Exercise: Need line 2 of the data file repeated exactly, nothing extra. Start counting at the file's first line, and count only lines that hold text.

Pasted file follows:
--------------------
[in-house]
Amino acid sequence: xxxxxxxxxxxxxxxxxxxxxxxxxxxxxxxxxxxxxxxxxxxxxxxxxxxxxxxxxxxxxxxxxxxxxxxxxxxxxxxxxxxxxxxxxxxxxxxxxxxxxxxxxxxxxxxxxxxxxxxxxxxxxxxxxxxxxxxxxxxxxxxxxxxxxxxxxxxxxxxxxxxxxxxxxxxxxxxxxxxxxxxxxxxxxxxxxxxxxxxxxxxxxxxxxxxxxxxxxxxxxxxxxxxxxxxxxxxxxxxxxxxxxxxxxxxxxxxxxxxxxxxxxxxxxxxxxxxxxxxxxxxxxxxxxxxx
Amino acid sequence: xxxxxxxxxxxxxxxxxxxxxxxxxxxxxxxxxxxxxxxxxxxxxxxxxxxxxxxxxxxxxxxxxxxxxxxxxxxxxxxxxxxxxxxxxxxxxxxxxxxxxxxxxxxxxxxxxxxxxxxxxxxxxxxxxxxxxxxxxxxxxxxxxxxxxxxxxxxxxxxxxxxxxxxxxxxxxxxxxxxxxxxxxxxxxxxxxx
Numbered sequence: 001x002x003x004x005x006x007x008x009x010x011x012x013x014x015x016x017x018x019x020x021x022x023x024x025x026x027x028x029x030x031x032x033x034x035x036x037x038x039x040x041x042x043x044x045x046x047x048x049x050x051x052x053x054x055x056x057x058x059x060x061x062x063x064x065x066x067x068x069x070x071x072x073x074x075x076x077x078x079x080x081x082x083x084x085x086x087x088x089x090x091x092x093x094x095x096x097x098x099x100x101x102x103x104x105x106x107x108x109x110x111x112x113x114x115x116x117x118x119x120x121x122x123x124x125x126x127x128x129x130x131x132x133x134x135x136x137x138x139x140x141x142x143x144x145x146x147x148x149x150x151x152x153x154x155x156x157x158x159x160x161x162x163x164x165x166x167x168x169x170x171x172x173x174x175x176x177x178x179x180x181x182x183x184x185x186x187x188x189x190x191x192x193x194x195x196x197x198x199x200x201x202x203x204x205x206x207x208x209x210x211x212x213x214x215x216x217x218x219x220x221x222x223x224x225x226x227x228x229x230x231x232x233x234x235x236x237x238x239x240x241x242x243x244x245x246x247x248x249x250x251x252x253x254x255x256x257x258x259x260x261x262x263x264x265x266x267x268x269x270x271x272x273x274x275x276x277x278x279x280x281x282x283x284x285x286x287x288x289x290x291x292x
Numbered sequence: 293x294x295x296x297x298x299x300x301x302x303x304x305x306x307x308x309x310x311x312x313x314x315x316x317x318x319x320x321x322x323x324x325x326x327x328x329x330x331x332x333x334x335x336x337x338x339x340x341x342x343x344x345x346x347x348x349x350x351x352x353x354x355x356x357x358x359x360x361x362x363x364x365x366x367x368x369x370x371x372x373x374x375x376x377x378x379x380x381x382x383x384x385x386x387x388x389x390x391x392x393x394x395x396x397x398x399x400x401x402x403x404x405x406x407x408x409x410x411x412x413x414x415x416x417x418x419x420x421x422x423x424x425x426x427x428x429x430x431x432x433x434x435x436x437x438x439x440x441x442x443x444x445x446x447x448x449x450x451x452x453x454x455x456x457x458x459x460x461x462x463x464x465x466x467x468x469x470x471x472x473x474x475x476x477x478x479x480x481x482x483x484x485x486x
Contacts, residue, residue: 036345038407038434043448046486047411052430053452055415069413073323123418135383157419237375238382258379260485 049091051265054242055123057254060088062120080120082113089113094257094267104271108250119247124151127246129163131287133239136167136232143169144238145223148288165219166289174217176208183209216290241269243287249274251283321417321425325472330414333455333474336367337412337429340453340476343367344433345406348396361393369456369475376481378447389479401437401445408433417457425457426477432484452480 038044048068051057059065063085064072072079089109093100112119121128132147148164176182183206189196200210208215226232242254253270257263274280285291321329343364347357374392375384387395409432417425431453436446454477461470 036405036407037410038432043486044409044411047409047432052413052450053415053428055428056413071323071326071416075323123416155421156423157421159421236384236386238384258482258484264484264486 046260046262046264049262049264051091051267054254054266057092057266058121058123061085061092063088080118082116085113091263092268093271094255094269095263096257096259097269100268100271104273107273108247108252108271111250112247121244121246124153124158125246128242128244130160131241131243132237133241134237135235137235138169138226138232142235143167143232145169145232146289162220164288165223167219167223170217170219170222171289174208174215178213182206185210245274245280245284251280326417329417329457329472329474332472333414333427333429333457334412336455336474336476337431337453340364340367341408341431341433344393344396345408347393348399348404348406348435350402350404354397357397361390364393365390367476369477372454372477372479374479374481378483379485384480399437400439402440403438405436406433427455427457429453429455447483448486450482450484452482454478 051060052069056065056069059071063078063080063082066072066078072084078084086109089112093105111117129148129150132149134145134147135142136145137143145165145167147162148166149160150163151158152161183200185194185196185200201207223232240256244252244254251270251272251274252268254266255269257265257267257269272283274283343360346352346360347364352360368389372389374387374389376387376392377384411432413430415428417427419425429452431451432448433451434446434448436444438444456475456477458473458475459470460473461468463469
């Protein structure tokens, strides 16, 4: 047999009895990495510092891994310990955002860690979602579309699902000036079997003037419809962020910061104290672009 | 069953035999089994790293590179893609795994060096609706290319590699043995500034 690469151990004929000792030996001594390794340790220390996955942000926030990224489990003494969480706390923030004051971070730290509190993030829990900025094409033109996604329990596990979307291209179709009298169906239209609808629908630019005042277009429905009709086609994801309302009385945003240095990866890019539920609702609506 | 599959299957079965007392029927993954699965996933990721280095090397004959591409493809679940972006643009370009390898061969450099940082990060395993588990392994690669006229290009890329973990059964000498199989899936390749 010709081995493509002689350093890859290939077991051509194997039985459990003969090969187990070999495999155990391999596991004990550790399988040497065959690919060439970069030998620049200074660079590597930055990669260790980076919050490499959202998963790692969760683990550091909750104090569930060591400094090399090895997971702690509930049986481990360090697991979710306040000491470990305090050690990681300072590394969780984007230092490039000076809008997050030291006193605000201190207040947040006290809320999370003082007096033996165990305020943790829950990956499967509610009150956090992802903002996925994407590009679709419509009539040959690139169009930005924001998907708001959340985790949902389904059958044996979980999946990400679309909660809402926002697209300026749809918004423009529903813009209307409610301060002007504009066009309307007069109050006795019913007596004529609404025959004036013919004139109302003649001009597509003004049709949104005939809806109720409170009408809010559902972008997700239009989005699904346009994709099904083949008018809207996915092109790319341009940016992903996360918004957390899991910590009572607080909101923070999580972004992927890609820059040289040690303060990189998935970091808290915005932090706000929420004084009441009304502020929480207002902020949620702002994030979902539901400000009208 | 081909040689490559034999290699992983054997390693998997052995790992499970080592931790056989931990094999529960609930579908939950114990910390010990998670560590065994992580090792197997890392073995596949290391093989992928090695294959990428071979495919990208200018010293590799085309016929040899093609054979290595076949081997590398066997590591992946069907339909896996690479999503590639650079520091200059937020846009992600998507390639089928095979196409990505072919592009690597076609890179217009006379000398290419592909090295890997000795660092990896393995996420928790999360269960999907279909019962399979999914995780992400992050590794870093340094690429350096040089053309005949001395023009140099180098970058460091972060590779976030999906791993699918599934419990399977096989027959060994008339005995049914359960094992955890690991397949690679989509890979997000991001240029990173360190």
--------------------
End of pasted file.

Amino acid sequence: xxxxxxxxxxxxxxxxxxxxxxxxxxxxxxxxxxxxxxxxxxxxxxxxxxxxxxxxxxxxxxxxxxxxxxxxxxxxxxxxxxxxxxxxxxxxxxxxxxxxxxxxxxxxxxxxxxxxxxxxxxxxxxxxxxxxxxxxxxxxxxxxxxxxxxxxxxxxxxxxxxxxxxxxxxxxxxxxxxxxxxxxxxxxxxxxxxxxxxxxxxxxxxxxxxxxxxxxxxxxxxxxxxxxxxxxxxxxxxxxxxxxxxxxxxxxxxxxxxxxxxxxxxxxxxxxxxxxxxxxxxxxxxxxxxxx